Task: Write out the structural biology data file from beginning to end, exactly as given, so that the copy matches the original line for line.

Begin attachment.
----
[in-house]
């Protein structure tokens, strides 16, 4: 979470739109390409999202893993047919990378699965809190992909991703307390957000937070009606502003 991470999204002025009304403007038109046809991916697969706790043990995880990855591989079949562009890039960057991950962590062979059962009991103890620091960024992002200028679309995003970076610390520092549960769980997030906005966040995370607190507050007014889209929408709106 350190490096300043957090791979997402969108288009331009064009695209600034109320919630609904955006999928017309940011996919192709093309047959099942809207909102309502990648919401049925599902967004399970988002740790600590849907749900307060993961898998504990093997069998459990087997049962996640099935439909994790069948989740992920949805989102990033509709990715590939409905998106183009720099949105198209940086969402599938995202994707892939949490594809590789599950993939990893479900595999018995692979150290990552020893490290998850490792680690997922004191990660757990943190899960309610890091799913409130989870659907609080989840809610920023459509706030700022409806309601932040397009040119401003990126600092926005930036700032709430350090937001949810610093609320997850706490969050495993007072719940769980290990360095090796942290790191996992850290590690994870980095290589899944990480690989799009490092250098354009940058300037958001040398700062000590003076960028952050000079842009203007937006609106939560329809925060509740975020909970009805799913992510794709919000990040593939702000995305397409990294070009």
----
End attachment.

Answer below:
[in-house]
């Protein structure tokens, strides 16, 4: 979470739109390409999202893993047919990378699965809190992909991703307390957000937070009606502003 991470999204002025009304403007038109046809991916697969706790043990995880990855591989079949562009890039960057991950962590062979059962009991103890620091960024992002200028679309995003970076610390520092549960769980997030906005966040995370607190507050007014889209929408709106 350190490096300043957090791979997402969108288009331009064009695209600034109320919630609904955006999928017309940011996919192709093309047959099942809207909102309502990648919401049925599902967004399970988002740790600590849907749900307060993961898998504990093997069998459990087997049962996640099935439909994790069948989740992920949805989102990033509709990715590939409905998106183009720099949105198209940086969402599938995202994707892939949490594809590789599950993939990893479900595999018995692979150290990552020893490290998850490792680690997922004191990660757990943190899960309610890091799913409130989870659907609080989840809610920023459509706030700022409806309601932040397009040119401003990126600092926005930036700032709430350090937001949810610093609320997850706490969050495993007072719940769980290990360095090796942290790191996992850290590690994870980095290589899944990480690989799009490092250098354009940058300037958001040398700062000590003076960028952050000079842009203007937006609106939560329809925060509740975020909970009805799913992510794709919000990040593939702000995305397409990294070009």